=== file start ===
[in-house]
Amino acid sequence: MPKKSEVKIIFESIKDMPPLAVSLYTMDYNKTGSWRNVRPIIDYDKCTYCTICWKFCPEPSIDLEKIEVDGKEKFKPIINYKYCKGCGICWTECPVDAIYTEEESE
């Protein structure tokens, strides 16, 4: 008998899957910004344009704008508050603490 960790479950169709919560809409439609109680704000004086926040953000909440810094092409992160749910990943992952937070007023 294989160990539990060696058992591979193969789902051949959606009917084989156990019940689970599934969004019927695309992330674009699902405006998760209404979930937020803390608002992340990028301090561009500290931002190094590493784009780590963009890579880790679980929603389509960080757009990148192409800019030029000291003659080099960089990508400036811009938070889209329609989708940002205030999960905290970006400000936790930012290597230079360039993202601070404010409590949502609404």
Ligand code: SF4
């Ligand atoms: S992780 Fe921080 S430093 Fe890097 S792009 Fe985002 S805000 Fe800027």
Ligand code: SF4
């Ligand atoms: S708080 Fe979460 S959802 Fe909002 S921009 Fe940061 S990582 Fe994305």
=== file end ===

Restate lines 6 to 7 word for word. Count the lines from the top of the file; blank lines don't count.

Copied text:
Ligand code: SF4
């Ligand atoms: S708080 Fe979460 S959802 Fe909002 S921009 Fe940061 S990582 Fe994305």